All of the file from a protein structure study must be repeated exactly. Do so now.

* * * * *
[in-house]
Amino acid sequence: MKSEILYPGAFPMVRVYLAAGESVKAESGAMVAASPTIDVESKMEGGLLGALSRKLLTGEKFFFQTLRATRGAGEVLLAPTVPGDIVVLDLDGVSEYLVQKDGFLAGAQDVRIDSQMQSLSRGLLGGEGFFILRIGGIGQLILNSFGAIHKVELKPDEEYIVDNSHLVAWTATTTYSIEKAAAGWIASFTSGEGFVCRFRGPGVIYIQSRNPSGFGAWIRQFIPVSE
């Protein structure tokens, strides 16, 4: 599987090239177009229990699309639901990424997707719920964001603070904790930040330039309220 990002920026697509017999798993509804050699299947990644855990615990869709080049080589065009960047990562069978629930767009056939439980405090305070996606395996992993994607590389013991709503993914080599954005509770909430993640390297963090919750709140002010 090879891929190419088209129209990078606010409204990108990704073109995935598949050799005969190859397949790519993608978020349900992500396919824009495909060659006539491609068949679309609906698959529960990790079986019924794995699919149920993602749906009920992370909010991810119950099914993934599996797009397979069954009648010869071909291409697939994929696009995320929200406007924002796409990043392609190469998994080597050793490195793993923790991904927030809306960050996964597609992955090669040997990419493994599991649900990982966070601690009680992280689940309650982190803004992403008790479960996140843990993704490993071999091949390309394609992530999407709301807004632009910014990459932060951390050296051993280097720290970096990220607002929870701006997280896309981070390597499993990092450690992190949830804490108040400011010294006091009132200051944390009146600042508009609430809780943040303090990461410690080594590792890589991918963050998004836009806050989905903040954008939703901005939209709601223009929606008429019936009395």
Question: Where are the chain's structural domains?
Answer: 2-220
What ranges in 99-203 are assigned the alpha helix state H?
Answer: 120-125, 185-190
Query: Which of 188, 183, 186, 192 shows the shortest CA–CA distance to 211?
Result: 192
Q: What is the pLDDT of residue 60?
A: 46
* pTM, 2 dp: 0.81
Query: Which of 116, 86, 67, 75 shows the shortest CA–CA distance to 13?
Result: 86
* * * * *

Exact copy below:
[in-house]
Amino acid sequence: MKSEILYPGAFPMVRVYLAAGESVKAESGAMVAASPTIDVESKMEGGLLGALSRKLLTGEKFFFQTLRATRGAGEVLLAPTVPGDIVVLDLDGVSEYLVQKDGFLAGAQDVRIDSQMQSLSRGLLGGEGFFILRIGGIGQLILNSFGAIHKVELKPDEEYIVDNSHLVAWTATTTYSIEKAAAGWIASFTSGEGFVCRFRGPGVIYIQSRNPSGFGAWIRQFIPVSE
């Protein structure tokens, strides 16, 4: 599987090239177009229990699309639901990424997707719920964001603070904790930040330039309220 990002920026697509017999798993509804050699299947990644855990615990869709080049080589065009960047990562069978629930767009056939439980405090305070996606395996992993994607590389013991709503993914080599954005509770909430993640390297963090919750709140002010 090879891929190419088209129209990078606010409204990108990704073109995935598949050799005969190859397949790519993608978020349900992500396919824009495909060659006539491609068949679309609906698959529960990790079986019924794995699919149920993602749906009920992370909010991810119950099914993934599996797009397979069954009648010869071909291409697939994929696009995320929200406007924002796409990043392609190469998994080597050793490195793993923790991904927030809306960050996964597609992955090669040997990419493994599991649900990982966070601690009680992280689940309650982190803004992403008790479960996140843990993704490993071999091949390309394609992530999407709301807004632009910014990459932060951390050296051993280097720290970096990220607002929870701006997280896309981070390597499993990092450690992190949830804490108040400011010294006091009132200051944390009146600042508009609430809780943040303090990461410690080594590792890589991918963050998004836009806050989905903040954008939703901005939209709601223009929606008429019936009395």
Question: Where are the chain's structural domains?
Answer: 2-220
What ranges in 99-203 are assigned the alpha helix state H?
Answer: 120-125, 185-190
Query: Which of 188, 183, 186, 192 shows the shortest CA–CA distance to 211?
Result: 192
Q: What is the pLDDT of residue 60?
A: 46
* pTM, 2 dp: 0.81
Query: Which of 116, 86, 67, 75 shows the shortest CA–CA distance to 13?
Result: 86